Activity Theory


The activity theory simply represents the complexity of interaction within activities.

According to Martin Ryder, “an activity is defined as the engagement of a subject toward a certain goal or objective” (Ryder). In nature, the majority of activities are not mediated. Therefore, these activities for the most part are instincts of such subjects as animals. For example, if a rabbit eats grass, it is an instinct of hunter. However, if a human is picking plants from vegetation that has three leaves, there would be cultural motivations; for those who know this motivation, they would avoid this plant for fear of poison ivy. Therefore, although activities in nature are commonly unmediated, human activity is; relating most actions to previous cultural experience. A division of the factors involved in activities describe subject, object, artifact, community and division of labour.

Factors


Subject – people or living beings (almost always humanoids)
Object – the solution of a goal or task
Artifact – tools or technology involved
Praxis – norms governing activity - “practice” OR rules (cultural factors)
Community – others affected by the activity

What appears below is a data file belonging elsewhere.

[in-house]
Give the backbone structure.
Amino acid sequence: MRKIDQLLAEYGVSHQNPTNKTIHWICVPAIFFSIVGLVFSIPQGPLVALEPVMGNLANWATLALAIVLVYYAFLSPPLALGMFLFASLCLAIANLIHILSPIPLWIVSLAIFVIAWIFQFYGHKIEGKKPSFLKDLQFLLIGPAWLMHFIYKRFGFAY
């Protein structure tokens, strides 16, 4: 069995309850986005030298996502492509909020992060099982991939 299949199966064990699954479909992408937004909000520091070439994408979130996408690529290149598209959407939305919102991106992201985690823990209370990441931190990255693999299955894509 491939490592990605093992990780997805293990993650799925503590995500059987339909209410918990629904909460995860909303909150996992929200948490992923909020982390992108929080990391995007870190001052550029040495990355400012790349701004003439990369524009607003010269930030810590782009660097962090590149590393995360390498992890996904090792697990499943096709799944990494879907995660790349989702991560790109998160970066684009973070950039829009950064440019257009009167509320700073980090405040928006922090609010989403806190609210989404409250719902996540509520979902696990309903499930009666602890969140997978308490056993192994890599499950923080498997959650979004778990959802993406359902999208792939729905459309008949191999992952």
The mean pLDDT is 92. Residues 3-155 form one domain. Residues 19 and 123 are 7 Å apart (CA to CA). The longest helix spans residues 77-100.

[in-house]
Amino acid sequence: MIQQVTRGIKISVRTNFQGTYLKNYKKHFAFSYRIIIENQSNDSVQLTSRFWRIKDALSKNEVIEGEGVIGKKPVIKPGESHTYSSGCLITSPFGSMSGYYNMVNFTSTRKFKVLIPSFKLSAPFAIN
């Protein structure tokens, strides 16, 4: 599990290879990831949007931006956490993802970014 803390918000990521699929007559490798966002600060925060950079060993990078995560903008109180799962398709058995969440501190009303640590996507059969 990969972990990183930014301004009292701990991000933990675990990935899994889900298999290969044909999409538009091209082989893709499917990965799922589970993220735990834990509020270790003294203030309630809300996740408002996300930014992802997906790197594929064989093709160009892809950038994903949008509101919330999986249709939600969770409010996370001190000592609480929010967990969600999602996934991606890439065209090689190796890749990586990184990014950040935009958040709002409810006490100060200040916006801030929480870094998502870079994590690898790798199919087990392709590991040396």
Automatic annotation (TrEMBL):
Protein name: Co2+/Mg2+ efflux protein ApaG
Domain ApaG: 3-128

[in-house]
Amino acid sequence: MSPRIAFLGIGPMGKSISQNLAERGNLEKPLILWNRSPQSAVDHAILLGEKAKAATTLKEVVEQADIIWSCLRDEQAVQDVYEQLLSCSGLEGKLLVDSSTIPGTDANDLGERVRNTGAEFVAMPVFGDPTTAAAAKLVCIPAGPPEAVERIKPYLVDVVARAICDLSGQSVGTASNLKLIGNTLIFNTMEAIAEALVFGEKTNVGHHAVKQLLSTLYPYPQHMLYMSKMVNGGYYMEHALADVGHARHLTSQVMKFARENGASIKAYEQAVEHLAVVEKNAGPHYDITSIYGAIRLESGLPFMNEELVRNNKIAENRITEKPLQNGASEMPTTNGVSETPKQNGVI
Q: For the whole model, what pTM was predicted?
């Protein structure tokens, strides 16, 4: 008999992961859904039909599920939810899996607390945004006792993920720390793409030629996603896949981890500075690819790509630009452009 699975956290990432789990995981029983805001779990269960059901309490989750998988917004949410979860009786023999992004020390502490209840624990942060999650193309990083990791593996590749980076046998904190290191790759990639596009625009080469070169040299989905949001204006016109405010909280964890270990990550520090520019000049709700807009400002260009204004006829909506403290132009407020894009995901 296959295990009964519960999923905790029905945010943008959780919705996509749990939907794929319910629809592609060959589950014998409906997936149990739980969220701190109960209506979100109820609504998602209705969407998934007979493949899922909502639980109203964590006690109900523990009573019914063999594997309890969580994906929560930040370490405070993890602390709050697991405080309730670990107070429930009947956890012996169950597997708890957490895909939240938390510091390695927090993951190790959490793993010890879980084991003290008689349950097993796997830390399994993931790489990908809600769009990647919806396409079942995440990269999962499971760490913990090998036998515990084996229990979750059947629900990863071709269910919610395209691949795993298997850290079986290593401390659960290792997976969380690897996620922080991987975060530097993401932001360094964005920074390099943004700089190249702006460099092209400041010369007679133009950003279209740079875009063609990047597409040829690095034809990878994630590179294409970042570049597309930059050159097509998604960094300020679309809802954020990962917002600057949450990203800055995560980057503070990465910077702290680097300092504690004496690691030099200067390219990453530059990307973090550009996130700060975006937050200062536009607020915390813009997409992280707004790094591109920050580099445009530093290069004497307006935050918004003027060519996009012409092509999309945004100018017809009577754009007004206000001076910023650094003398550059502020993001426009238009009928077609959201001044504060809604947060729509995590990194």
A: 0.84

Division of labour – power relations through social levels

Activity_Theory.gifImage sourced by Ivan Webb

A combined definition of these factors within mediated activity states:
“An activity is undertaken by a human agent (subject) who is motivated toward the solution of a problem or purpose (object), and mediated by tools (artifacts) in collaboration with others (community). The structure of the activity is constrained by cultural factors including conventions (rules) and social strata (division of labor) within the context” (Ryder).

CHAT


The term ‘CHAT’ refers to the Cultural History of the Activity Theory (Webb). This theory began as a Soviet psychological framework of the basis of Vygotsky’s concepts. The founders of this theory were Alexei Leont’ev and Sergei Rubinshtein. Throughout the earlier 20th century, this theory was used by the former USSR in many cultural settings, defining humans as unique beings, yet rejecting the isolation of individuals. This concept was dedicated to an origin of communism as it focused on the cultural and technical activity of being human. This theory stretched into ideas of learning and knowledge, distinguishing that “learning and activity cannot be separated” (Webb).
chatting.jpg
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Sources


Ryder, Martin. What is Activity Theory? University of Colorado. Denver. December 02, 2006. <http://carbon.cudenver.edu/~mryder/itc_data/act_diff.html>.
Webb, Ivan. Activity Theory. University of Tasmania. <http://www.educ.utas.edu.au/users/ilwebb/research/activity_theory.htm>.